Nanomaterials in Foods

Engineered nanomaterials are being used and sold in common food products, but there is a lack of transparency by companies on this issue.

That’s according to a new reported released today by As You Sow, a public interest group based in Oakland, California.

The report is titled Slipping Through the Cracks: An Issue Brief on Nanomaterials in Food.

“We conducted a survey in 2012,” Danielle Fugere, president of As You Sow and an author of the report told Corporate Crime Reporter in an interview. “We asked 2,500 food manufacturers and distributors about their nano policies — whether they were using nanomaterials, whether they were engaged with their supply chains in determining whether there were nanomaterials.”

“Probably the biggest takeaway from that survey was that the majority of the companies didn’t respond and tell us if they were or were not using nanomaterials.”

“We still don’t know whether these companies are using nanomaterials or not, whether they are testing or working with their supply chains to understand whether nanomaterials are coming through the supply chains into their products,” Fugere said.

Of the 26 companies that did respond to the survey, 10 said that they did not know if they had nanomaterials in their products or supply chains and 14 companies stated that they were not using nanomaterials.

Two companies stated they have nanomaterials in their products: one company uses silver as an antibacterial in its products and the other uses nanomaterials in its packaging.

Neither of these two companies has a policy on nanomaterials nor has plans to develop one.

“It was a confidential survey, so we can’t make the names public,” Fugere said.

Since they got such a poor response from the companies, Fugere said that group decided to test for nanomaterials in food.

“There was a study from Europe indicating that nano titanium dioxide was found in food products,” Fugere said.

“We went to the stores and purchased white donuts. Many of them were listed as having titanium dioxide as a product. We wanted to see if these products had nano titanium dioxide.”

“We first tested for the presence of titanium dioxide. And then we tested for nano titanium dioxide.”

“We tested Dunkin Donuts and Hostess donuts — the white powdered variety.”

According to the report, test data revealed TiO2 nanoparticles of 10 nm or smaller in the white powdered sugar on both Dunkin’ Donuts Powdered Cake Donuts and Hostess Donettes.

“Whether these TiO2 nanoparticles were engineered or a byproduct of manufacturing processes is not known,” the report found.

As You Sow plans to continue to test more products including M&M’s, Trident gum, and Pop-Tarts as well as a range of other food products in the near future.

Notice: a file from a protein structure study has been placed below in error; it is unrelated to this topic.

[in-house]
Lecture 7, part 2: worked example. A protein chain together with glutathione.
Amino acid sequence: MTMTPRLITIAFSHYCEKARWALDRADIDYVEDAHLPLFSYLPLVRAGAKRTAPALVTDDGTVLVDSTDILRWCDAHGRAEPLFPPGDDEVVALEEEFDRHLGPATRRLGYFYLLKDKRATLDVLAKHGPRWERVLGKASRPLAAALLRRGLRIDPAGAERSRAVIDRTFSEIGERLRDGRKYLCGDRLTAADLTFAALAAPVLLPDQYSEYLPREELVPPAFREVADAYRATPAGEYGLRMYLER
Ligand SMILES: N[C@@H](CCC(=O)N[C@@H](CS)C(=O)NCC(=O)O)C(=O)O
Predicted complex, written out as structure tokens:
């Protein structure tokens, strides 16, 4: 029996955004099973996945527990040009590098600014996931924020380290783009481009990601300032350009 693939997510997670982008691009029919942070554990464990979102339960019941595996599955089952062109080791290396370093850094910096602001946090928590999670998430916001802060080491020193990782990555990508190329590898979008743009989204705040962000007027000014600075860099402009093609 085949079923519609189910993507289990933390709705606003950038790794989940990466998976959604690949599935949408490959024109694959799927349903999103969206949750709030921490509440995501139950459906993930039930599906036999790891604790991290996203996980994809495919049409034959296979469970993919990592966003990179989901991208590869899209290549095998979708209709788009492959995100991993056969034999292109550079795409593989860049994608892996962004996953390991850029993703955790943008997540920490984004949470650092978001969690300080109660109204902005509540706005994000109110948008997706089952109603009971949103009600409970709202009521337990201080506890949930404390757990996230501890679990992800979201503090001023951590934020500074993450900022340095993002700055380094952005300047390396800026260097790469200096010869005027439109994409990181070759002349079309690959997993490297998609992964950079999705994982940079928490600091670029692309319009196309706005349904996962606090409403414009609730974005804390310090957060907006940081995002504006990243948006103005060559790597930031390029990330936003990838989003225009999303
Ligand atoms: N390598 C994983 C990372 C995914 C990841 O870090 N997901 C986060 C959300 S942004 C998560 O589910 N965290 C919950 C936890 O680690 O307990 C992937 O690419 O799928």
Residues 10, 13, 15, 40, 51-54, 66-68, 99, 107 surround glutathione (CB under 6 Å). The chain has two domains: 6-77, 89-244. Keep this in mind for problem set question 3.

“We were particularly concerned about foods that children eat. Children are more susceptible to chemicals and particles, because their bodies and brains and still forming.”

“Particles that can move freely throughout the body and permeate the blood/brain barrier are of special concern when it comes to children.”

“There are studies finding that nanometals can move throughout the body and negatively impact the body,” she said.

“Food grade titanium dioxide has been approved by the Food and Drug Administration (FDA). But when those particles become so small, they don’t react like the larger additive.”

“The FDA has taken the position that food additives generally recognized as safe may not be safe at the nano scale.”

As You Sow reports that Nestle, Unilever and others are employing nanotechnology to change the structure of food.

“That information is from a report published by an insurance company and the Organization for Economic Cooperation and Development,” Fugere said.

What’s the technological benefit for having something smaller rather than larger?

“When working at the nanoscale, it is possible to manipulate the structures of materials to better achieve specific properties,” Fugere said. “Essentially, materials can be made stronger, lighter, more durable, or more reactive.”

Fugere said that her group has engaged with McDonald’s, Kraft, Whole Foods, Pepsi, Wal-Mart, Yum Brands (Taco Bell, KFC).

“We began with resolutions against Kraft and McDonalds,” Fugere said.

“McDonald’s and Kraft Foods say they are not using nanomaterials in their food. And both have posted policies on their web sites,” she said.

“And then it became clear that there was not a lot of information, even within the companies we were talking to, about nanomaterials. It became clear that they did not know whether or not nanomaterials were coming to them through the supply chain.”

“We took a step back and developed a sourcing framework for products containing nanomaterials. That is a guide for companies on how they can assess the potential risk from sourcing products that contain nanomaterials. It has recommendations on how they can create policies and get accountability from their suppliers.”

[For the complete transcript of the Interview with Danielle Fugere, see 27 Corporate Crime Reporter 6(12), February 11, 2012, print edition only.]

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